SDN members see fewer ads and full resolution images. Join our non-profit community!

IMG with multiple red flags deciding on rotations --- realistically what are my chances to match?

Discussion in 'Step I' started by HelpMeFailedStep1, Dec 23, 2017.

  1. HelpMeFailedStep1

    HelpMeFailedStep1

    45
    5
    Dec 14, 2016
    Hello,

    I am trying to decide whether or not it would be worth it for me to continue on to rotations. I dont want to work my ass off for 2 years, drop 100K, and then not match.

    Disclaimer: This is a REAL story

    Here is my story (IMG - Med Student - 32 years old)

    US Medical School
    1. Started at a US Medical School (2008)
    2. Failed Anatomy
    3. US Med School splits my M1 into two years (2010)
    4. Passed M2 EXCEPT failed pathology by a few percentage points
    5. Throughout this time i took at least 2-3 leave of abscenses
    6. Tried to take Path 2 and again the following year and missed it by a few points
    7. After passing every single class from M1/M2 except Path 2...
    7b. Withdrew (really dismissed) from the US Med School and headed to Carib (2012)

    Carib Med School + Step 1
    8. Started at a top 5-6 Carib school (not top 3 but not completely crap)
    9. Passed Pathology 1-2 + clinical semester - April 2014 (forced me to do 4 semesters)
    10. Since I had taken 90% of my basic sciences almost 6 years earlier I spent YEARS like a POS to study for Step 1.

    11. Sat for Step 1 May 2016 - failed - 189

    12. Waited and fought to take step 1 again, sat in October 2017 - PASSED - 206

    So after 9 years and passing step 1 I still have other issues to contend with
    - HUGE amount of gap years + LOA's at US and Carib School
    - 3 course failures at US MD program (Anatomy, Path 2x)
    - 3 years to take Step 1 and failed 189
    - 1.5 years to retake step 1 - took it again and improved 17 points - 206
    - NO research projects
    - NO work experience
    - NO clinical work experience / volunteering / ANYTHING
    - Projected end of M4 (2019) - so 11.5 years to complete med school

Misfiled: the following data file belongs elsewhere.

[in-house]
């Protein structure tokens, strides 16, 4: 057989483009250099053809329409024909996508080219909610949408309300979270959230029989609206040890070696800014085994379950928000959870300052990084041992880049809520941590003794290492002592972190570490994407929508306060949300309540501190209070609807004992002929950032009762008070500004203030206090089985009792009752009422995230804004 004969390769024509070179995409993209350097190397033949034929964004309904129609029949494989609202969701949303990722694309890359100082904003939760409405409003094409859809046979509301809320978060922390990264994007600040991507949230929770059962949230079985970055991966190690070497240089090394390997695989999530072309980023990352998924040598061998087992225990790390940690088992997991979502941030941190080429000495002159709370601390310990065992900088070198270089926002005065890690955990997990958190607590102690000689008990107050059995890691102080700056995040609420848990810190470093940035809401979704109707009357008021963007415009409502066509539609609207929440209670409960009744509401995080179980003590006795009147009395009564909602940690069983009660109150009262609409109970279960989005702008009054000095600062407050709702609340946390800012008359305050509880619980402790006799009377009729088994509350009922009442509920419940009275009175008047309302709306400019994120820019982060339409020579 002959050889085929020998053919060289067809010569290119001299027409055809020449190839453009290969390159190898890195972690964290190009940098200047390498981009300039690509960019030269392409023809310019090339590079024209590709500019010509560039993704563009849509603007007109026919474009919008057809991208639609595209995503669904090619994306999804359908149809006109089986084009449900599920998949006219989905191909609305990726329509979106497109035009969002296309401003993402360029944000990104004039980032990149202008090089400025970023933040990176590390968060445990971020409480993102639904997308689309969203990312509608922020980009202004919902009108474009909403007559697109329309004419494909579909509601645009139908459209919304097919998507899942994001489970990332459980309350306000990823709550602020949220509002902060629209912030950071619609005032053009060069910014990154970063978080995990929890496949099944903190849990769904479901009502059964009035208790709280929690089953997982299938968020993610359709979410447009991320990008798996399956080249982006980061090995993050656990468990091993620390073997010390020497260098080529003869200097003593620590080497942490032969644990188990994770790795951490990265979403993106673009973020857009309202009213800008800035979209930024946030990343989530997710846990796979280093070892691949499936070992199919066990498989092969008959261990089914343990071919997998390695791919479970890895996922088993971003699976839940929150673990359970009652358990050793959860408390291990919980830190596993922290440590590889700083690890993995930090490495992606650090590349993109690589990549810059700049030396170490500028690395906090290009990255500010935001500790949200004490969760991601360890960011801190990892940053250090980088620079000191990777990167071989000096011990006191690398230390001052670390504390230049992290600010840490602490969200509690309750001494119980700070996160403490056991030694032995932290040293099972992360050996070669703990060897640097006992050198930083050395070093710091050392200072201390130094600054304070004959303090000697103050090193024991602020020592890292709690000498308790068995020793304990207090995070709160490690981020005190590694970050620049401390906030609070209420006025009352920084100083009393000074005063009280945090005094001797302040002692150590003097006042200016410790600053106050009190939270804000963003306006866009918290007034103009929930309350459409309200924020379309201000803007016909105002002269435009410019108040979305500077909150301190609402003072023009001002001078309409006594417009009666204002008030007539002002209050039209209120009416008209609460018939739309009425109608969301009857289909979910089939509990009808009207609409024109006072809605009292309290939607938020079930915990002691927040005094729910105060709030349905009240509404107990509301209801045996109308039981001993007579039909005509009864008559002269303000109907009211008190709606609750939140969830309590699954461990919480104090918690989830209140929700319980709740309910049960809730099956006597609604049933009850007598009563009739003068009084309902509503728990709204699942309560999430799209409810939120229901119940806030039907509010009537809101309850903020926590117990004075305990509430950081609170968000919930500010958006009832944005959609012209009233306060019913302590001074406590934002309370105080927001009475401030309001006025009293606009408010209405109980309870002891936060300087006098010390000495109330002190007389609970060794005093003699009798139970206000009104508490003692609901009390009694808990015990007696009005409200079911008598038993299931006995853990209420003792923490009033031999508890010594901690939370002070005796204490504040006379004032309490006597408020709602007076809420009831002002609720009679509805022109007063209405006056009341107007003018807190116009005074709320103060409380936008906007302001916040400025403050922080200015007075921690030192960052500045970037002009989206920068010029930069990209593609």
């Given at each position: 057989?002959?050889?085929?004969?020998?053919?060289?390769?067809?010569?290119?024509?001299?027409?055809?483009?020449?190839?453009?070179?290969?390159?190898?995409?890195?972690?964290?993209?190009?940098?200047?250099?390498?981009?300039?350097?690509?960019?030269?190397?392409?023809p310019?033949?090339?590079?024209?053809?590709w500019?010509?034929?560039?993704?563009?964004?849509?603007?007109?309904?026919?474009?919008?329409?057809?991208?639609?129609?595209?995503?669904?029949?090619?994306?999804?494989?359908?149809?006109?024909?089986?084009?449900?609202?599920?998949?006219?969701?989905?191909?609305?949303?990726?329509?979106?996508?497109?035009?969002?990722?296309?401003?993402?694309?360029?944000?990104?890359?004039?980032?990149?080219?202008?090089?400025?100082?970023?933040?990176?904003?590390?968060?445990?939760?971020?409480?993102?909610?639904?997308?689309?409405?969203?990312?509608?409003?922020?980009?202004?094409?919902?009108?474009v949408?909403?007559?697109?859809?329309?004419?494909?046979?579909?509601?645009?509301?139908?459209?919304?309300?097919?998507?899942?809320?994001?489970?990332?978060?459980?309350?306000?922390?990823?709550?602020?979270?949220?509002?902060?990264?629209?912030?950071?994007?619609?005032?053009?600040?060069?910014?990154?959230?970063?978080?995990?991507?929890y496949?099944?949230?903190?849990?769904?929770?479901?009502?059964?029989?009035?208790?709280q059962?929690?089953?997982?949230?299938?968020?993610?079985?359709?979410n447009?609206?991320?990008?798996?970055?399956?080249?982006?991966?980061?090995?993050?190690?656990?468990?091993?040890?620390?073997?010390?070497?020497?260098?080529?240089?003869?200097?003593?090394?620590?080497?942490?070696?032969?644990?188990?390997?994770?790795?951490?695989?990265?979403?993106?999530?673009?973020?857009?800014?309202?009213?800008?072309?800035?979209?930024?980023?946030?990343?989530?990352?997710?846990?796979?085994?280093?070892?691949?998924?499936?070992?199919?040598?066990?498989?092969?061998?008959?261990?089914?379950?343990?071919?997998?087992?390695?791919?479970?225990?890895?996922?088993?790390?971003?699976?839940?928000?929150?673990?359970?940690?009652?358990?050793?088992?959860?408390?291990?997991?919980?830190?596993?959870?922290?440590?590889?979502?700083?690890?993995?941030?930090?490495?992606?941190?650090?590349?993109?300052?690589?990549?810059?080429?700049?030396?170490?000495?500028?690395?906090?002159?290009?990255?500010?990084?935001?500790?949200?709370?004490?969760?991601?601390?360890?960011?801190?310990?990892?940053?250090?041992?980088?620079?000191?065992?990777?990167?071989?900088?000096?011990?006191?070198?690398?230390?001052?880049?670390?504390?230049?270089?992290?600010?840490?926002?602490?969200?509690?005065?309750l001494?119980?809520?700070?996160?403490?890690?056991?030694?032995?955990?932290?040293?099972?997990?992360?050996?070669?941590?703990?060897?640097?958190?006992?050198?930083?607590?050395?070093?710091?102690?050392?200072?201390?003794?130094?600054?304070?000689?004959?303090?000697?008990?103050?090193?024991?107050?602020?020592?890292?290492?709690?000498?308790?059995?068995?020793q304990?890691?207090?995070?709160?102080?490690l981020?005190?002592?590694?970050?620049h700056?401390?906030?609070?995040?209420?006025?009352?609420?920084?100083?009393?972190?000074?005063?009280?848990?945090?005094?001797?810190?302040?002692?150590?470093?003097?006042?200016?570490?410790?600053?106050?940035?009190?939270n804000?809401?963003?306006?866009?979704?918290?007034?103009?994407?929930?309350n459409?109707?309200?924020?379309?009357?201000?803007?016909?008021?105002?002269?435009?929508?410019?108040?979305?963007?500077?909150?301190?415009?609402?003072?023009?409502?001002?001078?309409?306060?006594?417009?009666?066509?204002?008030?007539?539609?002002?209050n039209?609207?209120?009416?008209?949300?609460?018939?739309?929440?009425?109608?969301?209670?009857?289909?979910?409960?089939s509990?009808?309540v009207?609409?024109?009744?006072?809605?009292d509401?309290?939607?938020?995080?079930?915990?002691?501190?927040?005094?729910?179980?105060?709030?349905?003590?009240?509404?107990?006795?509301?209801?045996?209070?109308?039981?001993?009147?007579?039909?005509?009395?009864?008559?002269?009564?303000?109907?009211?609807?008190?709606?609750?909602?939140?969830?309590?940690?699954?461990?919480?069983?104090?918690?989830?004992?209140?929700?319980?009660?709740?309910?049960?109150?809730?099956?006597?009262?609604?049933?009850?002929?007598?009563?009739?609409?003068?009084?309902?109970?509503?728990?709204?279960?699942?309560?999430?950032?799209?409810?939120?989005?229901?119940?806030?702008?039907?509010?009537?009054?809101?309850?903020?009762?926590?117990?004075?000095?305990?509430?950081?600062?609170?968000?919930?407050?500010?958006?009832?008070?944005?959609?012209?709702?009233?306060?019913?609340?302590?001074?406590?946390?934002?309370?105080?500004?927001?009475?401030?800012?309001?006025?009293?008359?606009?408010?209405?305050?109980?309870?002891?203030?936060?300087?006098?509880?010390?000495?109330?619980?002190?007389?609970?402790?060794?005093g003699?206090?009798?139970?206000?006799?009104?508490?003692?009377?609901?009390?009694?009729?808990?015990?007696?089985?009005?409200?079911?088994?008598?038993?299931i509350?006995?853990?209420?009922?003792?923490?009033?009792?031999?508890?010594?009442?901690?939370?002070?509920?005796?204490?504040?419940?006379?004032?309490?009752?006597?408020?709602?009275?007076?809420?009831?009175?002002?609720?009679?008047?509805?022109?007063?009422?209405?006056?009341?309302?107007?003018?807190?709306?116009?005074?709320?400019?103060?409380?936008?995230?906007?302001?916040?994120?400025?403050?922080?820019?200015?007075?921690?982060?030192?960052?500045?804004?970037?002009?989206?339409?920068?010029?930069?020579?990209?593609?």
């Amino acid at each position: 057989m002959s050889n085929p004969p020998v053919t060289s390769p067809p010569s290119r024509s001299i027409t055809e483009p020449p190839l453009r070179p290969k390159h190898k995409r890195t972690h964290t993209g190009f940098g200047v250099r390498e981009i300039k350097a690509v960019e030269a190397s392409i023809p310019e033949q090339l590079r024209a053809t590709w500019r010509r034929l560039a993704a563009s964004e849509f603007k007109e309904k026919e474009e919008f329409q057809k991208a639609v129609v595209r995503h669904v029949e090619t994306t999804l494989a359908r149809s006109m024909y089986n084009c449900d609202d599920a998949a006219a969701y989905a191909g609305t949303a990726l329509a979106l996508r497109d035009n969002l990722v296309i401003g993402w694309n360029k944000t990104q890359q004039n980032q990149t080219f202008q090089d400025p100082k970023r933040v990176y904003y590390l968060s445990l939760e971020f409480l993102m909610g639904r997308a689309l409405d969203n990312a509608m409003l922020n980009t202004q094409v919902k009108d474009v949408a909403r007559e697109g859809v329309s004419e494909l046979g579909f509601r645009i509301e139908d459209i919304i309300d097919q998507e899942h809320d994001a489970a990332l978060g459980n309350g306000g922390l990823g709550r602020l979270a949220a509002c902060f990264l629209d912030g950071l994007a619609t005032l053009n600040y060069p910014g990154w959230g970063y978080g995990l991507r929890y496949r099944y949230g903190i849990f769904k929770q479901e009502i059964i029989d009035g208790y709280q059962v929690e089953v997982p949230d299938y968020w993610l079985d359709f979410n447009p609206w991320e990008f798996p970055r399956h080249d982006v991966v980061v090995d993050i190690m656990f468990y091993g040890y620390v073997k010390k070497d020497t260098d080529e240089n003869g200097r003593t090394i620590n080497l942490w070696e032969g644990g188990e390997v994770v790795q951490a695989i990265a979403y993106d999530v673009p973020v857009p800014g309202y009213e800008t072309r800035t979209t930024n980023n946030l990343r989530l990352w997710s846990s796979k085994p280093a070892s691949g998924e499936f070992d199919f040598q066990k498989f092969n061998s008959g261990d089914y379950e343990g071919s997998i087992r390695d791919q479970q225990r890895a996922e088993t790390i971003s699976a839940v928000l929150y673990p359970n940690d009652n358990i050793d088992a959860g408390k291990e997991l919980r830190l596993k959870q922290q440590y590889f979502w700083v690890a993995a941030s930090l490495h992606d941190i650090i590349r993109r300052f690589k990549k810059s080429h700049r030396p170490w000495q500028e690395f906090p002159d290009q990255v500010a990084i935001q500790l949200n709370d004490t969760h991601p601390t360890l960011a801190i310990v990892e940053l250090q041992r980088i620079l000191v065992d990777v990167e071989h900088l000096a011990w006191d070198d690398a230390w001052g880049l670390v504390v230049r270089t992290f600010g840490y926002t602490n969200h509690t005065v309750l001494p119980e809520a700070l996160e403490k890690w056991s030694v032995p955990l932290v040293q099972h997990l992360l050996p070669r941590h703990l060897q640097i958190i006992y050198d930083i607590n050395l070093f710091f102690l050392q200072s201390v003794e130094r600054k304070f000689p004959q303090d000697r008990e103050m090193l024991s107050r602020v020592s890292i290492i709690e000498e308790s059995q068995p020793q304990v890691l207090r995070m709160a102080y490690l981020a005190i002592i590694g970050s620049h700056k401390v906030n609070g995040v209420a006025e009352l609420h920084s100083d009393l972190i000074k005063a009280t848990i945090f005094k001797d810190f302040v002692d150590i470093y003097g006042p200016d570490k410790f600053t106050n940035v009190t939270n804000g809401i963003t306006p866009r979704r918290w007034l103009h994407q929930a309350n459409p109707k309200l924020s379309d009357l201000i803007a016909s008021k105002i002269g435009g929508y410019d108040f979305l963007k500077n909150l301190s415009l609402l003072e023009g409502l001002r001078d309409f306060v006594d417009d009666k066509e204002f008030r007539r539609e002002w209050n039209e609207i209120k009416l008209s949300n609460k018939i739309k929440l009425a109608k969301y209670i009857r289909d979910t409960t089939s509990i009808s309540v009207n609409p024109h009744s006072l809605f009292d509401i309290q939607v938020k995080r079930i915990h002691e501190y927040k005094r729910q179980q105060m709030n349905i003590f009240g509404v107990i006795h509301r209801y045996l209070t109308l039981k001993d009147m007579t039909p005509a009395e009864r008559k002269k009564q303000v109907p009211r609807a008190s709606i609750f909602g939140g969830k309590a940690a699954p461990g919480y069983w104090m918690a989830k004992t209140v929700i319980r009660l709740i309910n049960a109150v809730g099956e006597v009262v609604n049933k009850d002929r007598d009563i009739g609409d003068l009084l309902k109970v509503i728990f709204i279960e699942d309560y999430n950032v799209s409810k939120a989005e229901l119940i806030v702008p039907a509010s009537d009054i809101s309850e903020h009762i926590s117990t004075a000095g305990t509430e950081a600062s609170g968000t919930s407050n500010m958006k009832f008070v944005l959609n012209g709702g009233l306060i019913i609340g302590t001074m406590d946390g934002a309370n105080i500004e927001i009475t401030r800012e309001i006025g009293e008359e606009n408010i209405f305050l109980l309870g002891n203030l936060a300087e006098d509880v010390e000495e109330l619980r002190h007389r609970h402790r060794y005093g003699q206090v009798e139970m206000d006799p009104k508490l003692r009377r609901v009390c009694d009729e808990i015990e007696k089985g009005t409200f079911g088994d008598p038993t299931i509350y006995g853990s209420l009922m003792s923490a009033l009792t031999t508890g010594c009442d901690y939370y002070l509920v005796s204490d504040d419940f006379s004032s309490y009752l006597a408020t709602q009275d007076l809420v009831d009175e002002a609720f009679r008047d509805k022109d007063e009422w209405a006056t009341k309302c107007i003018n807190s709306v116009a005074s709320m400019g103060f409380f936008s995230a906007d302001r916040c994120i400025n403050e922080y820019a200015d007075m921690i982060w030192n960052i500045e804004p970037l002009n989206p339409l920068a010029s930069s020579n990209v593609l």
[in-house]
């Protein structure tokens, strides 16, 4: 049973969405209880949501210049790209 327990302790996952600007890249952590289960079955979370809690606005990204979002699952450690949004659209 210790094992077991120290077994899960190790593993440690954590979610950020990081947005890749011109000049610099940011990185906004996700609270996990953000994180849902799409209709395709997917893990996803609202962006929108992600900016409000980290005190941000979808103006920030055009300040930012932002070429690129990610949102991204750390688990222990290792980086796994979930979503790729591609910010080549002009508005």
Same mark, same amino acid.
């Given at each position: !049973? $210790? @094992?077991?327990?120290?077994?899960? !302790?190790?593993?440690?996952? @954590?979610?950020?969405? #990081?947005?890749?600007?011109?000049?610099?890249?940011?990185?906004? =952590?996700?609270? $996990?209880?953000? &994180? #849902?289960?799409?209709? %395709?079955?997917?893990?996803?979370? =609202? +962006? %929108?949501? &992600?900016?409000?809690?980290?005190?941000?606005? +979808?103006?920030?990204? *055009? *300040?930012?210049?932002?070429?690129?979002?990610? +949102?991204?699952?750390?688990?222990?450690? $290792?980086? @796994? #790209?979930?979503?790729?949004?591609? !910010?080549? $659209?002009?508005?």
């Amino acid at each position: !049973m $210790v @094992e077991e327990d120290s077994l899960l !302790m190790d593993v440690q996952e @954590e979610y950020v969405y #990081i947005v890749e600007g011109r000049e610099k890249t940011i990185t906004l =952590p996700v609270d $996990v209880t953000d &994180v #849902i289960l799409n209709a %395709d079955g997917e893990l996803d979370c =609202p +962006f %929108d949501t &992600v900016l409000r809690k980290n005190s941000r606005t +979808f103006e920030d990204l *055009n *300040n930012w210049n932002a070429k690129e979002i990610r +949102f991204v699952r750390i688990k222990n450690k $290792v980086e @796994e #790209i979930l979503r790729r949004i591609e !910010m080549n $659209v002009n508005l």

I do NOT care where or what I match in but I want to know my realistic chances before dropping money and killing myself for two years without a chance to match.

    I do NOT want to end up with a Carib MD with no chance to get a job and sitting at home.


    Back Up Plans
    MBA is not an option as i have no interest, GRE is also not a viable option as i am HORRENDOUS in math and probably wont score high. MPH and MHSA are other options but again not something I am took keen on. Id like to do more clinical work but this is where the issues begin:

    PA / Dental - very competitive take very little amount of students per year
    Nursing - easy to enter - long to finish --> 6 years until becoming a Nurse Practitioner
    Pharmacy - only 6 schools dont take the PCAT, may not even be jobs available (another 4 years)
    Anesthesiology Assistant - not licensed to work in all states, again very competitive low class sizes
    Pathology Assistant - 12 programs in the USA, 99% require GRE, rarely except more than 15-30 people per class

    I do not even know if I can use my Step 1 passing score as a replacement for the MCAT/PCAT or even the GRE but that would nice if i could and may open up larger doors

    I know this is a huge post but please help and give any advice, this is a REAL STORY, i am NOT trolling, coming here in desperation for advice
     
  2. SDN Members don't see this ad. About the ads.
  3. sb247

    sb247 wait...you mean I got in? 5+ Year Member

    15,644
    20,581
    Jul 5, 2012
    Galt's Gulch